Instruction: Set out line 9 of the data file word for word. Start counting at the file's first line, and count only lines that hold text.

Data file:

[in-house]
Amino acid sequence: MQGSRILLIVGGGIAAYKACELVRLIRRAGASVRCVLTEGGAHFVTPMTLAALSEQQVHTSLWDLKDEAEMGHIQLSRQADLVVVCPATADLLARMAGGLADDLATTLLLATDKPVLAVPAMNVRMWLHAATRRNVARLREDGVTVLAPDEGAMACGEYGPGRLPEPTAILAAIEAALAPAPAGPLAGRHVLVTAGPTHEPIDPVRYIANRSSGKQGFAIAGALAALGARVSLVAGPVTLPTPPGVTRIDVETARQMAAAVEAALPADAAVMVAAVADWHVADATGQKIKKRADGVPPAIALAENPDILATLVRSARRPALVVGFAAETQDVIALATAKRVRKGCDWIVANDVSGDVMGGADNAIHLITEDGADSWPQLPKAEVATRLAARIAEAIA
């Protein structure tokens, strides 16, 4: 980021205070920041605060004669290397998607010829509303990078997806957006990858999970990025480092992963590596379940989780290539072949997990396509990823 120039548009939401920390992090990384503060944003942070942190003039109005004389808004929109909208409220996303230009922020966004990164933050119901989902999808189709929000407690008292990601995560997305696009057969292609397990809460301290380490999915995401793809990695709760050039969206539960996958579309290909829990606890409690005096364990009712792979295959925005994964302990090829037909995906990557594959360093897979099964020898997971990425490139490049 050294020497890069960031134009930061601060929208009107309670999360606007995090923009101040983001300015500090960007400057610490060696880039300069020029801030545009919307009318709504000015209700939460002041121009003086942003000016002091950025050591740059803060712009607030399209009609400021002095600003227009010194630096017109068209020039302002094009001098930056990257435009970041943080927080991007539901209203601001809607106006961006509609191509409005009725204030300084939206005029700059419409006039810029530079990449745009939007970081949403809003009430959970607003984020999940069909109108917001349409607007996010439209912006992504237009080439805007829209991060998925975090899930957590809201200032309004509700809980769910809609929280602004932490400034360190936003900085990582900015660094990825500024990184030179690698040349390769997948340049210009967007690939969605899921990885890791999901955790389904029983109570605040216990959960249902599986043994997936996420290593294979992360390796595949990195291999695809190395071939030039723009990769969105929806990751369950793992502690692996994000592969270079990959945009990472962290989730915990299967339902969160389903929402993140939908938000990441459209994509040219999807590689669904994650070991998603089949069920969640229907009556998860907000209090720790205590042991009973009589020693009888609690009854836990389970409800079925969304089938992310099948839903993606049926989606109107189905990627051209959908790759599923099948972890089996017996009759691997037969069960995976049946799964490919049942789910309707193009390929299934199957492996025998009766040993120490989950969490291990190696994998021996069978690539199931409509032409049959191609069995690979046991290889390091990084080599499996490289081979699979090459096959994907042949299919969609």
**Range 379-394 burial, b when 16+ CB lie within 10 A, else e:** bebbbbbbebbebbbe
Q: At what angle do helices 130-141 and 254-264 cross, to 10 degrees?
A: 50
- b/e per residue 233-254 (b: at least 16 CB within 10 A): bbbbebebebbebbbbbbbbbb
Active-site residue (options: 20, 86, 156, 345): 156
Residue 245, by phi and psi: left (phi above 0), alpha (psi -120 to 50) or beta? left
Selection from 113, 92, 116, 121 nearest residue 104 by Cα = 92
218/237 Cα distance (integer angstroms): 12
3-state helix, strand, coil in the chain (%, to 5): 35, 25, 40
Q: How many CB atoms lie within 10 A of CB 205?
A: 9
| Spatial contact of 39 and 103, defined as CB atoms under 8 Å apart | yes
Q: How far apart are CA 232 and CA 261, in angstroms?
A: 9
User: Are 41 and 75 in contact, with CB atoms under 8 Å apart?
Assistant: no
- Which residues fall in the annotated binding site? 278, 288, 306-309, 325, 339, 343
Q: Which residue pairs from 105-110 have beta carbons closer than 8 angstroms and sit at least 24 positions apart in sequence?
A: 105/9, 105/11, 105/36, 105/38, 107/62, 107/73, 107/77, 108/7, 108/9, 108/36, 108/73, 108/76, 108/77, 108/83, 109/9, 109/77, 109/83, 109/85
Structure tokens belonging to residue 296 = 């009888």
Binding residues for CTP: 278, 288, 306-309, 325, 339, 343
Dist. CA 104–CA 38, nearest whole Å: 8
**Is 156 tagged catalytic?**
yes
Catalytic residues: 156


Residue 245, by phi and psi: left (phi above 0), alpha (psi -120 to 50) or beta? left